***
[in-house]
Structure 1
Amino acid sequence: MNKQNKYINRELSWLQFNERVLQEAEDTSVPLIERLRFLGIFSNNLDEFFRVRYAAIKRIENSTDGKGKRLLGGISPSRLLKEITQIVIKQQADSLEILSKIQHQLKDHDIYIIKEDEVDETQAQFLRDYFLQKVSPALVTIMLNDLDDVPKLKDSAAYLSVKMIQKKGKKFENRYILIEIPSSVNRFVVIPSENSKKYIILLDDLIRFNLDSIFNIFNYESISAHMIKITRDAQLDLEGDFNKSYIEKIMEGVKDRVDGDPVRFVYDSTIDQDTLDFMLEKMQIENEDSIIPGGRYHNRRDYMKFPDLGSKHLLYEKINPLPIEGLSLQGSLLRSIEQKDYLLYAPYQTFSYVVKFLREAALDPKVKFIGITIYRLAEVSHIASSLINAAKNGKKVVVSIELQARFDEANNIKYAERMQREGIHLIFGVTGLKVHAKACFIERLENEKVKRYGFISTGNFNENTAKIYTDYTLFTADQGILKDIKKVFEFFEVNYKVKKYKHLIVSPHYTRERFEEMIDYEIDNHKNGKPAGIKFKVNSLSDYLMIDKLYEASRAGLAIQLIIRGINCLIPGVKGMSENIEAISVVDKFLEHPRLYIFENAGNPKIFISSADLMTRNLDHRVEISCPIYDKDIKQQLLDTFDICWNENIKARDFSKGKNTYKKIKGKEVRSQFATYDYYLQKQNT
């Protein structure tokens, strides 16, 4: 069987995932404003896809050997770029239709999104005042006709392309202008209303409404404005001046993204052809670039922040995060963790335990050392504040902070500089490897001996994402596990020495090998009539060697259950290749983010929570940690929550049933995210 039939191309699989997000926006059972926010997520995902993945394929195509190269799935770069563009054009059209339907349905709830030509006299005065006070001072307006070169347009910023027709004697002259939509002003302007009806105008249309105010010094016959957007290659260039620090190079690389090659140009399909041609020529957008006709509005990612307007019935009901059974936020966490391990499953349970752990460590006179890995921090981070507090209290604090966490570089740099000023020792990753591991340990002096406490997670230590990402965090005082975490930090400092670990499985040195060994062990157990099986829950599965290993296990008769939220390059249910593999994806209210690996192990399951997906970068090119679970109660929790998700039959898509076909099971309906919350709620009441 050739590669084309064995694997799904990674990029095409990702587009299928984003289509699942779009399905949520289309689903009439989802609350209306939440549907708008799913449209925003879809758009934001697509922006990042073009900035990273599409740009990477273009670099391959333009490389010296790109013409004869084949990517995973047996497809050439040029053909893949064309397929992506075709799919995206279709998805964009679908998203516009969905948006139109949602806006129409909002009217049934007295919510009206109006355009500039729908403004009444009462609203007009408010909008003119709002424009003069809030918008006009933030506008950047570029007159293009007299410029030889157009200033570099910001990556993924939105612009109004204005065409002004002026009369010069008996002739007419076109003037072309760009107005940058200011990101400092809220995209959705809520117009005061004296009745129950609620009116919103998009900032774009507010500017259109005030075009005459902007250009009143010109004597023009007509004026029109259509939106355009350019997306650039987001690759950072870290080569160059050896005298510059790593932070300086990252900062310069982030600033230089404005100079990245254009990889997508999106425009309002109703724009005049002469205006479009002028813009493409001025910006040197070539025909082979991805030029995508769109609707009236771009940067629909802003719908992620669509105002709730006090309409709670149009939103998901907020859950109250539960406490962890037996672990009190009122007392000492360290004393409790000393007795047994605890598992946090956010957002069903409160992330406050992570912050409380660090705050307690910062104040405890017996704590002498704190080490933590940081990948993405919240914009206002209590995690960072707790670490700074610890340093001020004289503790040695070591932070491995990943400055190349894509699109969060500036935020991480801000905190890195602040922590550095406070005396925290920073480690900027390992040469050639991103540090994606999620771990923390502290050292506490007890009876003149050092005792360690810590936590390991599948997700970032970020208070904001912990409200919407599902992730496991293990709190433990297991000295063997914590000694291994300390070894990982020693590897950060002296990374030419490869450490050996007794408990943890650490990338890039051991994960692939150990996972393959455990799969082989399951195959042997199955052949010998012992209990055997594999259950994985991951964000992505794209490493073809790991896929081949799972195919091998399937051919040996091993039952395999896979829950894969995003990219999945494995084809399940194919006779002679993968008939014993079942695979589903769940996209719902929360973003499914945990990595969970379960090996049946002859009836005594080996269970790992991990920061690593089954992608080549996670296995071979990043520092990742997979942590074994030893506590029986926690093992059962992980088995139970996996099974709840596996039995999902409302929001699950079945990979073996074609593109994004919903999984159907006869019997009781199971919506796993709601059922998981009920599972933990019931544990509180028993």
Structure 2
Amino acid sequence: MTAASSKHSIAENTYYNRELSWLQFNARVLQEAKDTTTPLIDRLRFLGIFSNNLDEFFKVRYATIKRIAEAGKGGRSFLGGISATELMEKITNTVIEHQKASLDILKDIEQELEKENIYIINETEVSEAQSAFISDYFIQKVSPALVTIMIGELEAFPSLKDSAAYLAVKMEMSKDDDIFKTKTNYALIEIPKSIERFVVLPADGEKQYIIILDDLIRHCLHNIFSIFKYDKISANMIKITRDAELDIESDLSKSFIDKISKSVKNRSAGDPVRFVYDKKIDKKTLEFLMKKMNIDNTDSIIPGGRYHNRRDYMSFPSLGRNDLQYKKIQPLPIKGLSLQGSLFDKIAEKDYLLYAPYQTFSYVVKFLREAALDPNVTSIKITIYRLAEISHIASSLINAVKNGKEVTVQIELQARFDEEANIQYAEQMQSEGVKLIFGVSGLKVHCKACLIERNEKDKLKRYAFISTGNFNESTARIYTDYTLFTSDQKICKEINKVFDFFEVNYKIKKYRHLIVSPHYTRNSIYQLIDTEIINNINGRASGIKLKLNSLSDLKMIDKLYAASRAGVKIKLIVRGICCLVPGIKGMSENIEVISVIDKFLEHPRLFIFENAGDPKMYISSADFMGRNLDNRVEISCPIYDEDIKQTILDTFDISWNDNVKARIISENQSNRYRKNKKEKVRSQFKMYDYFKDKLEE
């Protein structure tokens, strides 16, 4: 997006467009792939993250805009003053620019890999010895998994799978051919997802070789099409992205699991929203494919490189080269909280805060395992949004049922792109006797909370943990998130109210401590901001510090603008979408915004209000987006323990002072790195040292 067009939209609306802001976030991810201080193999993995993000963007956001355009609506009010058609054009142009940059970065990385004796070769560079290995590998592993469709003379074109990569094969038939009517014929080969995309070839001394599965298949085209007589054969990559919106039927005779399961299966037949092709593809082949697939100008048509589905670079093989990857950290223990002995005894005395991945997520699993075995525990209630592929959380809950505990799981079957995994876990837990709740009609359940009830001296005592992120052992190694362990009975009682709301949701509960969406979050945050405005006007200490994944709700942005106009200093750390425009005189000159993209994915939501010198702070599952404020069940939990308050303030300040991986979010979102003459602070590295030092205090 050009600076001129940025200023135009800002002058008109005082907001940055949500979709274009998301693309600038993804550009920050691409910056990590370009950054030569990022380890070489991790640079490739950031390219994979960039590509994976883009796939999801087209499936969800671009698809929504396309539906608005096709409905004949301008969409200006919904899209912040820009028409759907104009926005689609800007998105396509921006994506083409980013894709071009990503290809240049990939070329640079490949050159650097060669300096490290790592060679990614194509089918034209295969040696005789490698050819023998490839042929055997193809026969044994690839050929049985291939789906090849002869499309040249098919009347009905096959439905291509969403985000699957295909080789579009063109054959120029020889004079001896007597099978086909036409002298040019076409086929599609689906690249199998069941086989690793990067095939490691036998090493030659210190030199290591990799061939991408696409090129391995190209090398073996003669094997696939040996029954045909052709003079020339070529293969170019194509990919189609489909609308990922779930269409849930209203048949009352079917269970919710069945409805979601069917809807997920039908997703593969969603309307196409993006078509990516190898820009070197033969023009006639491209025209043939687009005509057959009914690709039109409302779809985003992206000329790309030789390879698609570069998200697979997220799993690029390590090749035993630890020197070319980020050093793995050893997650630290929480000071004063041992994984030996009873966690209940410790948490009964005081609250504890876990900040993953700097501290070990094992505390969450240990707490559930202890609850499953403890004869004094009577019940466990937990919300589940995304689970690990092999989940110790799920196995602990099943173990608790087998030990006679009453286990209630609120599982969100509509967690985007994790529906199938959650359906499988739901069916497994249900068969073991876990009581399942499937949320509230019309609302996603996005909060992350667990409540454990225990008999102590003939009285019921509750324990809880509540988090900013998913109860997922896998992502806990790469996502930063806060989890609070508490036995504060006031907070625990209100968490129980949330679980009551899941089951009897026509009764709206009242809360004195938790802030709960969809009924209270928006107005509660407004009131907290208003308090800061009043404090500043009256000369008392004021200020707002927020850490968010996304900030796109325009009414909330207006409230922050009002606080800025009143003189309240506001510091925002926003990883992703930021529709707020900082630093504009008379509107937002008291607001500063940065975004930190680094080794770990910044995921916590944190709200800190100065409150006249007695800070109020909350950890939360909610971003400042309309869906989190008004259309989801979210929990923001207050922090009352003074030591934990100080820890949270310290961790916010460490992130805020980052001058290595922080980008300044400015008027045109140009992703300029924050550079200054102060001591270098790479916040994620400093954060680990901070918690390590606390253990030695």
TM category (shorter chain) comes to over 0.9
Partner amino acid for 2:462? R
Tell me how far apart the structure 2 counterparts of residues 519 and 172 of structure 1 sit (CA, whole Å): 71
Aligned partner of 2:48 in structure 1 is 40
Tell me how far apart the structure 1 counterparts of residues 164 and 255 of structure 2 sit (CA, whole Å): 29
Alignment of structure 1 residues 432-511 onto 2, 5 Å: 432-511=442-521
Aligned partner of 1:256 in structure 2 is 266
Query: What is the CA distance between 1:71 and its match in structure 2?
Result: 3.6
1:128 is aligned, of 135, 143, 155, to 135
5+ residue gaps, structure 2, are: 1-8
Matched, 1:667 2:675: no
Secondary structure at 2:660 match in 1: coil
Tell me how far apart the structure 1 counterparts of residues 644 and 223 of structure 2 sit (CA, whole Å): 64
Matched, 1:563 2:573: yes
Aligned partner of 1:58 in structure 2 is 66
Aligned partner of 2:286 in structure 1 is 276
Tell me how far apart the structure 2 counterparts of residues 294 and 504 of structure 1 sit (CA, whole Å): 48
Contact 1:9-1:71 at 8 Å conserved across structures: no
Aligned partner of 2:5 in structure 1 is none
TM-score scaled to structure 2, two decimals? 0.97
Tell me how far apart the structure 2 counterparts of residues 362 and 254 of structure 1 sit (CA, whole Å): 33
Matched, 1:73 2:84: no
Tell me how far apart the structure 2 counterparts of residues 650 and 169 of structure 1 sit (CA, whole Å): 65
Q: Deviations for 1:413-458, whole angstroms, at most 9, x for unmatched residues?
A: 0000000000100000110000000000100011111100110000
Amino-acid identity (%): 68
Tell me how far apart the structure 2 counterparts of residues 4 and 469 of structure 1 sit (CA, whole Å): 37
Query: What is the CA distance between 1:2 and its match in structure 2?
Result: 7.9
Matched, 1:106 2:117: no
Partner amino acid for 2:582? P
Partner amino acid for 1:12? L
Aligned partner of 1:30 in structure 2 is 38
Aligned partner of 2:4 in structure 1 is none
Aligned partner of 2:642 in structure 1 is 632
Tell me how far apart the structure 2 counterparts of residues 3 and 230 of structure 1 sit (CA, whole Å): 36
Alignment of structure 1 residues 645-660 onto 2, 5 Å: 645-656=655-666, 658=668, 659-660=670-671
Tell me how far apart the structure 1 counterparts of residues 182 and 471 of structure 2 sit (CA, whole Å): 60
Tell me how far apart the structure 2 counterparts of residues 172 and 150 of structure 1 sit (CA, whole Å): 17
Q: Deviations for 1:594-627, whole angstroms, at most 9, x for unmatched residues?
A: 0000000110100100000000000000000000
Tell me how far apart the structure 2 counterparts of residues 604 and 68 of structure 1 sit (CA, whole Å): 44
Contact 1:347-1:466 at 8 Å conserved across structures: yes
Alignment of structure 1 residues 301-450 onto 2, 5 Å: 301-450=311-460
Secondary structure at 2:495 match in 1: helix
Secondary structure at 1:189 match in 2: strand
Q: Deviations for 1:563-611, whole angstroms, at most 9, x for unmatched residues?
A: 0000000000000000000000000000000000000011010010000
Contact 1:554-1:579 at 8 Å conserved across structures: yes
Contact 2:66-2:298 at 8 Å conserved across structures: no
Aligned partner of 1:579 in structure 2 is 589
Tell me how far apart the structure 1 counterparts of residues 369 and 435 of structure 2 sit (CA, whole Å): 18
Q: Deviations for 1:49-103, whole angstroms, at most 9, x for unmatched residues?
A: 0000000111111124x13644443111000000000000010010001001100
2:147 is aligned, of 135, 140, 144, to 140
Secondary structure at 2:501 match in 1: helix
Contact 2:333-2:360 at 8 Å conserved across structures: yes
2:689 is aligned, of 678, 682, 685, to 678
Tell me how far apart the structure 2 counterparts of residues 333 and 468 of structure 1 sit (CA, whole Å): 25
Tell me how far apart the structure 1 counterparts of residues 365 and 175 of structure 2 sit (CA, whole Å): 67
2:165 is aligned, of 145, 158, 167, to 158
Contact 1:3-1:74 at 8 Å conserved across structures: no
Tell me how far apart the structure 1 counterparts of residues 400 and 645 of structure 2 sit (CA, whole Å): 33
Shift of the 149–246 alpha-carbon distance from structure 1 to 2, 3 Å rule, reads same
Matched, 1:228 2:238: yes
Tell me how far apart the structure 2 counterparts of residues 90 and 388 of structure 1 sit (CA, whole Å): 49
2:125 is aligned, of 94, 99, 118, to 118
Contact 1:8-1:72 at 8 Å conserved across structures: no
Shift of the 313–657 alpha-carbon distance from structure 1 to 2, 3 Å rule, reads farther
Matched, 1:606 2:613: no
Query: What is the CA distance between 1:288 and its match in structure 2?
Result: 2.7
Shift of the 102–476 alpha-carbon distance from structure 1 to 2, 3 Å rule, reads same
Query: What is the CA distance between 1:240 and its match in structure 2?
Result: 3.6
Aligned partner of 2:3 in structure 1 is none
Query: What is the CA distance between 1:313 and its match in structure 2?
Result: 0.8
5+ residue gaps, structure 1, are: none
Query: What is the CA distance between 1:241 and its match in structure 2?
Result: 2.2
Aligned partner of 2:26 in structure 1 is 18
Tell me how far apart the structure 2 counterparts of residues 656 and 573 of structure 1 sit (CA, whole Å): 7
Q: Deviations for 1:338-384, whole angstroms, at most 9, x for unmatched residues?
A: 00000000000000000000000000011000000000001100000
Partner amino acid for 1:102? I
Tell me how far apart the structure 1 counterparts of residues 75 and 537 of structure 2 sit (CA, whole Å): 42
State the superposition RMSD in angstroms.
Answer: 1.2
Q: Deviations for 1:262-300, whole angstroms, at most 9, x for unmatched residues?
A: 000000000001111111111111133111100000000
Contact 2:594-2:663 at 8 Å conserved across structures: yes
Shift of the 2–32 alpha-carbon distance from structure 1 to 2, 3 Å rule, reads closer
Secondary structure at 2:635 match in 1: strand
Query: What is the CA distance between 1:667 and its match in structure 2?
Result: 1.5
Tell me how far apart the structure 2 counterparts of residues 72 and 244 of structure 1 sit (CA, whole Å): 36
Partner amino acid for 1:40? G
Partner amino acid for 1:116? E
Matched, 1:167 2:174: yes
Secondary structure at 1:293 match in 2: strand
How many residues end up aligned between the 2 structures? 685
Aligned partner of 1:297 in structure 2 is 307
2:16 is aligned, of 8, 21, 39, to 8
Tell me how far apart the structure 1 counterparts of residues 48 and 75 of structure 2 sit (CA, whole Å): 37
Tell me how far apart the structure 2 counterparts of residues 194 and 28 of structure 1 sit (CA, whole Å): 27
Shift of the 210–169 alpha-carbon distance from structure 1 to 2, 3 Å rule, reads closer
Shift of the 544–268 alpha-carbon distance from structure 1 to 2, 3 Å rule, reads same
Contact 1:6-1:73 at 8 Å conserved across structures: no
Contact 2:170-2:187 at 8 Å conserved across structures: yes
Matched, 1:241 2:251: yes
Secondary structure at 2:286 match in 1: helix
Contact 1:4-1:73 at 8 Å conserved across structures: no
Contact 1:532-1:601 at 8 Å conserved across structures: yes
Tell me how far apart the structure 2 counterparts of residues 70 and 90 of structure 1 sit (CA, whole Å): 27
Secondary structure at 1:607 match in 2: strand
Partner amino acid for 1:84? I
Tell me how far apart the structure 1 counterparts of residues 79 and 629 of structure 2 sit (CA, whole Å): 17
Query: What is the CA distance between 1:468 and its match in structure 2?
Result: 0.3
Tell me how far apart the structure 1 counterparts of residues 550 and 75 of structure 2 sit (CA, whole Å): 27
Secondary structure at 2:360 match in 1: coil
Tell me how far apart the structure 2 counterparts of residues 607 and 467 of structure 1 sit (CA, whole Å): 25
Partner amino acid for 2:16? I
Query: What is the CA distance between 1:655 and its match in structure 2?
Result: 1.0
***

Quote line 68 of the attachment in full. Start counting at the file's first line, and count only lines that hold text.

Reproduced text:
Tell me how far apart the structure 1 counterparts of residues 365 and 175 of structure 2 sit (CA, whole Å): 67